A similar situation exists in myasthenia gravis, which also features genetic control of central tolerance and a two- to three-fold difference in AChR gene expression between tolerance and disease. New data recently reported by Henri-Jean Garchon, of Inserm and the University Paris Descartes, along with Kyewski, Vincent, Beeson and others, show the effect of the promoter of the CHRNA1 gene on tolerance. A variant of the promoter of CHRNA1, the gene that encodes the alpha subunit of AChR, is associated with early onset of MG in populations in France and the United Kingdom. Both the CHRNA1 promoter variant and AIRE modulate production of CHRNA1 mRNA in mTECs, which could affect establishment of tolerance to AChR and allow earlier onset of MG.

Do extraocular muscles present a unique immunological environment?

The fact that extraocular muscles (EOM) are susceptible to MG demonstrates that autoimmunity can be regulated at the tissue level. According to Henry Kaminski of the St. Louis University School of Medicine, ocular symptoms are the first manifestation of MG in 50% of patients; 10% to 15% of patients show only ocular manifestations.

Why are EOM preferentially compromised by MG? Kaminski asked. The functional requirements of the ocular motor system by their vary nature lead to MG symptoms even when EOM pathology may be minimal. Also important, EOM comprise a unique immunological environment. Complement-mediated mechanisms are a critical part of the pathogenetic process in MG, and mRNA expression of complement regulators such as Decay Accelerating Factor (DAF) is seven-fold lower in EOM compared to other skeletal muscles.

EOM has lower levels of complement regulators.

Complement regulators such as Daf and CD59 are reduced by 60%–80% in EOM. Treatment of experimental autoimmune myasthenia gravis (EAMG) with a complement inhibitor (anti-C5) eliminates deposition of the complement component C9 at neuromuscular junctions in the thoracic diaphragm, but not at EOM junctions. Could low levels of complement inhibitors at EOM junctions put them at risk of injury at lower levels of AChR antibody?

Kaminski formulated what he calls the "complement hypothesis" to explain the particular susceptibility of extra-ocular muscles to MG. This hypothesis holds that intrinsic complement regulators are expressed at lower levels at EOM synapses, implying that complement inhibition does not prevent complement deposition at EOM junctions.

As support for this idea, Kaminski and others have shown "dramatic" protection and prevention of EAMG by infusion of a complement inhibitor, rEV576. It may now be moving into clinical trials.

Complement components are critical for development of EAMG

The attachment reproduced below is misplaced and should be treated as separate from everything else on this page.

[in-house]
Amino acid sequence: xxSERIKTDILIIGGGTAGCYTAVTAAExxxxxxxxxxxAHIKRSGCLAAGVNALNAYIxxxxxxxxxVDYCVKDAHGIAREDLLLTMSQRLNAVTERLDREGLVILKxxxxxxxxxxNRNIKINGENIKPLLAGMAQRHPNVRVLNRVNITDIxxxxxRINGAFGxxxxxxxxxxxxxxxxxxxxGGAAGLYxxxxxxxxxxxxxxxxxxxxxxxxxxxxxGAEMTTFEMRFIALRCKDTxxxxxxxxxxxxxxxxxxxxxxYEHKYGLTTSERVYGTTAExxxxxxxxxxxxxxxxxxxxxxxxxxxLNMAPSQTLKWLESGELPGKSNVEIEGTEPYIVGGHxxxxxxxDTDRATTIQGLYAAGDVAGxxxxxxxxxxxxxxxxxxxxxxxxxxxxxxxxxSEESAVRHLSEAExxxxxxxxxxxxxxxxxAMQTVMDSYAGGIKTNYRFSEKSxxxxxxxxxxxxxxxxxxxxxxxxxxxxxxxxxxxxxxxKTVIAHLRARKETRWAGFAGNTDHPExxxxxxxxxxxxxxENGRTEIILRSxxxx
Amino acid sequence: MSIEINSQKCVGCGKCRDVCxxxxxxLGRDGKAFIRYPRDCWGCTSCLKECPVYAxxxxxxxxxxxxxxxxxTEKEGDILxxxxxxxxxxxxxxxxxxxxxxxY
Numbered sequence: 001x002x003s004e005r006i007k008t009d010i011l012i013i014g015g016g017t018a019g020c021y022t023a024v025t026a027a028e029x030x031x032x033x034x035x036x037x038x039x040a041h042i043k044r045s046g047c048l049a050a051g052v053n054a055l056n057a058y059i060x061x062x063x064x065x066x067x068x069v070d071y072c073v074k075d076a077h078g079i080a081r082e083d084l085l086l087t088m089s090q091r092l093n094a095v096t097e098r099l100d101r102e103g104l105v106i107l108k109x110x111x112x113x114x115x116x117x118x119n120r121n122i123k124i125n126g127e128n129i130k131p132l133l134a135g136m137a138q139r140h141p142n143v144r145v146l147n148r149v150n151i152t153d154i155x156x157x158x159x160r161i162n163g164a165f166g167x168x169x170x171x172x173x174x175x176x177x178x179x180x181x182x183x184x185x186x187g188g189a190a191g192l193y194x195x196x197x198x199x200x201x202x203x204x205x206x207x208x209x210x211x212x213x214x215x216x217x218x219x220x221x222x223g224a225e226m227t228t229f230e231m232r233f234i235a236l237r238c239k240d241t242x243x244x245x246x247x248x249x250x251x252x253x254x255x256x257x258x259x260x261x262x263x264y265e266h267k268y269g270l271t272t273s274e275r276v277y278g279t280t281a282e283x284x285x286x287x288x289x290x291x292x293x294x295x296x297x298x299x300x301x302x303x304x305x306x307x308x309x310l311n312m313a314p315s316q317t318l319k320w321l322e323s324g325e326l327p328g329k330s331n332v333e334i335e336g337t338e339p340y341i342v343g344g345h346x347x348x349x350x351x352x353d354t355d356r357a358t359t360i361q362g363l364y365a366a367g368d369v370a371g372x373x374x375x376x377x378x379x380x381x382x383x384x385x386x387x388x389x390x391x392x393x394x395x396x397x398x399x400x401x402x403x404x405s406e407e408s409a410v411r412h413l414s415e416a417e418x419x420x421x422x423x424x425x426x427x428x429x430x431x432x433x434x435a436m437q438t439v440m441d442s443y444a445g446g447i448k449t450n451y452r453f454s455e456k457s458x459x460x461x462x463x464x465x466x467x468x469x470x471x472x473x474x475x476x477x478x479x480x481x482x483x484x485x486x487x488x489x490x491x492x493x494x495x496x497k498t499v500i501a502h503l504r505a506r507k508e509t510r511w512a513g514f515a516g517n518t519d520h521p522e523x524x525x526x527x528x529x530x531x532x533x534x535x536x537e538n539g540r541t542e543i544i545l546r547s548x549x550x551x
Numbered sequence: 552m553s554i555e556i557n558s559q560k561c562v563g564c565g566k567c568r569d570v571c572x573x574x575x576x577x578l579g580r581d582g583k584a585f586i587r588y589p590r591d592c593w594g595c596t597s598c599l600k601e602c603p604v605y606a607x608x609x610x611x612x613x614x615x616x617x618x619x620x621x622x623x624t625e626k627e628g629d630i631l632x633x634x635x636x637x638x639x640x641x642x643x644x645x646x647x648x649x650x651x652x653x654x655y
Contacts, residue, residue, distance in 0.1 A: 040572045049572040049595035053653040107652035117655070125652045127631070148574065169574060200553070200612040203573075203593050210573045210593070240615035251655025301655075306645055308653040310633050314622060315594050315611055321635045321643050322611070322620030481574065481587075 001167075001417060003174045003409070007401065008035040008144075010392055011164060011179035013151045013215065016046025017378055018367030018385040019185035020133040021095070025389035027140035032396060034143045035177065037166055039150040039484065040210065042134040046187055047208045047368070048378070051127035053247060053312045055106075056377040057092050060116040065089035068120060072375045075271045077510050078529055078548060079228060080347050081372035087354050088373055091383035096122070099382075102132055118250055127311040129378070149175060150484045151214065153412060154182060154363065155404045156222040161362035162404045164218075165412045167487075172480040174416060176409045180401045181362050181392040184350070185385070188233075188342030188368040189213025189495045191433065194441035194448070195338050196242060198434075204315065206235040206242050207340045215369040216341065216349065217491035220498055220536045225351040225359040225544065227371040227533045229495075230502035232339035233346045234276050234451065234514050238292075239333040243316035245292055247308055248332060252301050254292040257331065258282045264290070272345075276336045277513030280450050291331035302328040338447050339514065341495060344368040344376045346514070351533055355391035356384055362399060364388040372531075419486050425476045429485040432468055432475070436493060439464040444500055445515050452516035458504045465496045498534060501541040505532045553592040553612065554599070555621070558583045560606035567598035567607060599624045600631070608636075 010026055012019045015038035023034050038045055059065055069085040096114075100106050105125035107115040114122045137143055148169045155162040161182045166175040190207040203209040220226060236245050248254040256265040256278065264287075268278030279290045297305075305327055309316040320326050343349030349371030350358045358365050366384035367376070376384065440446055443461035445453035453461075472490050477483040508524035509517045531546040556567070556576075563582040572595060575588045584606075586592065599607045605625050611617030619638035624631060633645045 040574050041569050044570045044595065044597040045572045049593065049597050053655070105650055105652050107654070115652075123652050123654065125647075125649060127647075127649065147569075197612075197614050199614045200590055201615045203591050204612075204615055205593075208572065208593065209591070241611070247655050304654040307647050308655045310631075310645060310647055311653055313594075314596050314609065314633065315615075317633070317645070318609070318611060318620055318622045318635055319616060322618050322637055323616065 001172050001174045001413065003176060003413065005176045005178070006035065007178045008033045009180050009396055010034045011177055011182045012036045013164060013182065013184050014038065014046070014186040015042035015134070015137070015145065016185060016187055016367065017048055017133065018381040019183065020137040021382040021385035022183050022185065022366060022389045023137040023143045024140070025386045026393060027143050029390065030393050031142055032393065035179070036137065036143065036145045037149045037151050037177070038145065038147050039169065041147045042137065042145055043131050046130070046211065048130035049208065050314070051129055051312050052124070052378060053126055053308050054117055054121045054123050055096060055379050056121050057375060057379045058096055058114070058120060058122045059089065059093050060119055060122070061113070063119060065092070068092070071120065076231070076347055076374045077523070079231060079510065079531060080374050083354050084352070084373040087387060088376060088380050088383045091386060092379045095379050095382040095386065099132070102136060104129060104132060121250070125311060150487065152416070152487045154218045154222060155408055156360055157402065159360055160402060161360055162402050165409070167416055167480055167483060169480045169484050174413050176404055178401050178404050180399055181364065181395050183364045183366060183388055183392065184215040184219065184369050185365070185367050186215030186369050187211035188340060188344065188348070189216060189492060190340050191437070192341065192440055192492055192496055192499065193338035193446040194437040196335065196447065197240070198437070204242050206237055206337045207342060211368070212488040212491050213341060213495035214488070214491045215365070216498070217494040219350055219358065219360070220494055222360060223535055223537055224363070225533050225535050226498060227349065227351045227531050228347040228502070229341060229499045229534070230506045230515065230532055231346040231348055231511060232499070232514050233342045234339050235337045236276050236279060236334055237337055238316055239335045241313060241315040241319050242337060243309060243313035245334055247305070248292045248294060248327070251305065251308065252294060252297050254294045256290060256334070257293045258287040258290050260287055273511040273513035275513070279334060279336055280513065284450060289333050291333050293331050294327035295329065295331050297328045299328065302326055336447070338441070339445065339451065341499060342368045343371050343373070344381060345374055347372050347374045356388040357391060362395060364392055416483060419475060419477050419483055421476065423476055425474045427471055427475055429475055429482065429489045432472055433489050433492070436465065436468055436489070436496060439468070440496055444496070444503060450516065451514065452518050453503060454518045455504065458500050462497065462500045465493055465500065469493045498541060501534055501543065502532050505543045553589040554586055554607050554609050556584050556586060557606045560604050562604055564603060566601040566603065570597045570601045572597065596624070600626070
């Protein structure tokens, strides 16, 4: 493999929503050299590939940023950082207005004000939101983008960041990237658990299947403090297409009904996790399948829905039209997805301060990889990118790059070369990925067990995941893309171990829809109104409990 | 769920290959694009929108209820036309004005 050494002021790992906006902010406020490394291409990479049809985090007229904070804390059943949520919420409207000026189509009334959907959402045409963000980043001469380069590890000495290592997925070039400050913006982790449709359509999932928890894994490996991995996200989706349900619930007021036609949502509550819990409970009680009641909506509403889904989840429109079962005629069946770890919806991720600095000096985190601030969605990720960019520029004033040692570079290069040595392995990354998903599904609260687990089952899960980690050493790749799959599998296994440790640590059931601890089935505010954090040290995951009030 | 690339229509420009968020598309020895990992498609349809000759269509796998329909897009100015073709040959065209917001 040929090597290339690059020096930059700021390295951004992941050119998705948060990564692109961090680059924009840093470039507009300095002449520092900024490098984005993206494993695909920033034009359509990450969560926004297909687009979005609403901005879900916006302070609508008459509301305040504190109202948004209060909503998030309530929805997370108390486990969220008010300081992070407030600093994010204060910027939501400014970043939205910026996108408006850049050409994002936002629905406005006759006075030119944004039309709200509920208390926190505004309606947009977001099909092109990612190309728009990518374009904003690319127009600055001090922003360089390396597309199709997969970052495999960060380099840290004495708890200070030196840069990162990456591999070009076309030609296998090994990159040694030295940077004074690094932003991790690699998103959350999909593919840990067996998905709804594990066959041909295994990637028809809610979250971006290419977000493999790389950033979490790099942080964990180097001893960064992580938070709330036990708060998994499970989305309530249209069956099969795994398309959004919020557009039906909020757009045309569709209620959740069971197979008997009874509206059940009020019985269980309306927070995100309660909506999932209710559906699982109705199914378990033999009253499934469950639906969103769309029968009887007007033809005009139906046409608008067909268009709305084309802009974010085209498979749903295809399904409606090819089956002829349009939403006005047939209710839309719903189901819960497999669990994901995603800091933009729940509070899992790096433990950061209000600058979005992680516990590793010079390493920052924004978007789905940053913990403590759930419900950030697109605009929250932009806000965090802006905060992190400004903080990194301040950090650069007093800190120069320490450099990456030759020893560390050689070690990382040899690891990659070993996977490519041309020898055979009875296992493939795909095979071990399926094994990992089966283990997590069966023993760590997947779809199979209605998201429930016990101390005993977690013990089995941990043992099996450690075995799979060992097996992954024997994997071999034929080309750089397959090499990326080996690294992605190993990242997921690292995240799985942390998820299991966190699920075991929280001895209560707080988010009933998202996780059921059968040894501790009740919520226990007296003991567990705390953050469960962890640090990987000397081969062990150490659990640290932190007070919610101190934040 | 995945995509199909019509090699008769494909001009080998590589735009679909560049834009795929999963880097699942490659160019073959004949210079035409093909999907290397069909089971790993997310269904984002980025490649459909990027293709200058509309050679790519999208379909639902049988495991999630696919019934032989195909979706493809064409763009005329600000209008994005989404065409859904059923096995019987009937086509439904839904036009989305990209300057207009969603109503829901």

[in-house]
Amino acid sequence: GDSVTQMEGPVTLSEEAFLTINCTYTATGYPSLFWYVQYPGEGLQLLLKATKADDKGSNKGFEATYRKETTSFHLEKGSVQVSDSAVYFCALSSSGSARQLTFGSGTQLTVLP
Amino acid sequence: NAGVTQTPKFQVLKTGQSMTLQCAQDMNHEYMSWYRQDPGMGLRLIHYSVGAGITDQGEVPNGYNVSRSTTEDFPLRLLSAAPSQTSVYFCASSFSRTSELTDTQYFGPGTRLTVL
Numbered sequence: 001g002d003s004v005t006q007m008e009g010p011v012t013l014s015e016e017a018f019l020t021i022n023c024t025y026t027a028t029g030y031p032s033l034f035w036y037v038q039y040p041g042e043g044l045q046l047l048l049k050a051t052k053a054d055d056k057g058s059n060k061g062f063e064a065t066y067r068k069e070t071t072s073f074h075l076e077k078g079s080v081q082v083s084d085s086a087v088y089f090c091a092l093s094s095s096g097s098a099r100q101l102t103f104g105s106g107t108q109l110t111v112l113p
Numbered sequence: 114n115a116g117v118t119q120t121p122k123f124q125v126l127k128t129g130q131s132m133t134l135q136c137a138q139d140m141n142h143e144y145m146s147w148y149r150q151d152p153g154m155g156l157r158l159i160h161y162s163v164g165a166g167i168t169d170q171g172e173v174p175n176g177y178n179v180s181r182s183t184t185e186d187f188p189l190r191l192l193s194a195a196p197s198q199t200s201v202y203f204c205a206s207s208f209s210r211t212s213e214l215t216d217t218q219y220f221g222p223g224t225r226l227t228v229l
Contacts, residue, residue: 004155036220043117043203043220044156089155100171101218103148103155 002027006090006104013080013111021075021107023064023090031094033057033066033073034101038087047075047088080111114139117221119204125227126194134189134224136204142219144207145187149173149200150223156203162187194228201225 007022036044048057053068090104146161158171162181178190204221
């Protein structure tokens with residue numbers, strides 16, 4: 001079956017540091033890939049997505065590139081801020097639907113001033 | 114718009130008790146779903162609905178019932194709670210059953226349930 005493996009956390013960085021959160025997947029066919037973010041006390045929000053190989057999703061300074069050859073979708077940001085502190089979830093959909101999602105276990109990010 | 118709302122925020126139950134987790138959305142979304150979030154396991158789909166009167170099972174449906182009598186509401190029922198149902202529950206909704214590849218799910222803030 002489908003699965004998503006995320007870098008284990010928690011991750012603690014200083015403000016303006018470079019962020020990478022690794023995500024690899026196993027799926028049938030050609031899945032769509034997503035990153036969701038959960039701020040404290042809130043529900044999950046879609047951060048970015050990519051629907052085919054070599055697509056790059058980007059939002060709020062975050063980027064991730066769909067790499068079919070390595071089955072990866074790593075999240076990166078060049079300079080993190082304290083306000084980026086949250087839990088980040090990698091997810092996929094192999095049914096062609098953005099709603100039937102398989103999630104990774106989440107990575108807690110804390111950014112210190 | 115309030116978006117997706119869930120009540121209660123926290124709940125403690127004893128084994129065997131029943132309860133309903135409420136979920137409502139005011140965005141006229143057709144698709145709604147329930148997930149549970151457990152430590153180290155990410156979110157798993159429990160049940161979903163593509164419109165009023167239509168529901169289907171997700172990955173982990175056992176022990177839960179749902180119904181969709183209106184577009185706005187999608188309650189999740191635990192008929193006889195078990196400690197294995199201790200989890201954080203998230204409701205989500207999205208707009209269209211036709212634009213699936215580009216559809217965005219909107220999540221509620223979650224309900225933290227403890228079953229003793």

Premkumar Christadoss of the University of Texas Medical Branch, Galveston presented additional evidence of the importance of complement in the development and pathogenesis of EAMG. Christadoss and his colleagues performed an experiment using mice in which the genes for the complement components C3 and C4 had been eliminated, and showed them to be resistant to onset of EAMG after immunization with AChR. In both mutants, IgG deposits accumulated at the NMJ but C3 and other complement components did not.

Administration of antibodies that target the classical complement pathway component C1q also suppresses EAMG. When mice with EAMG were treated with anti-C1q, clinical severity was significantly reduced and lymph node cell IL-6 production was decreased. In addition, IL-6 deficient mice are resistant to EAMG, leading Christadoss to call IL-6 a "danger molecule."

Anti-IL-6 antibody treatment reduced both the incidence and severity of experimental autoimmune myasthenia gravis in a mouse model.

In a pilot study, anti-IL-6 treatment also reduced the incidence and severity of EAMG and suppressed serum anti-AChR IgG antibody. Christadoss suggested that IL-6 blockade should be regarded as a potential therapy for MG.

Cytokines are important for development of EAMG

Bianca Conti-Fine of the University of Minnesota, Minneapolis has explored the importance of cytokines in the pathogenesis of acquired MG. In general, immune reaction depends on a balance of pro- and anti-inflammatory mediators. For instance, the Stat4 transcription factor promotes an inflammatory Th1 reaction, while Stat6 favors a modulatory Th2 reaction.

Mice deficient in IL-12/IL-23 expression are resistant to EAMG induction; mice deficient in Stat6 expression, on the other hand, are more susceptible to EAMG induction. These findings are consistent with the fact that IL-12 induces a Th1 response and Stat6 promotes Th2 cells. However, mice deficient in IFN-γ, which promotes Th1 cells, are more susceptible to EAMG, showing that the system is not straightforward.

In mice deficient in IL-4, which promotes a Th2 response, a single immunization with AChR leads to long-lasting muscle weakness, in contrast to EAMG in wild-type mice, which has limited duration even after three sensitizations. Conti-Fine suggested that IL-4 helps to downregulate development of an autoimmune response to the AChR.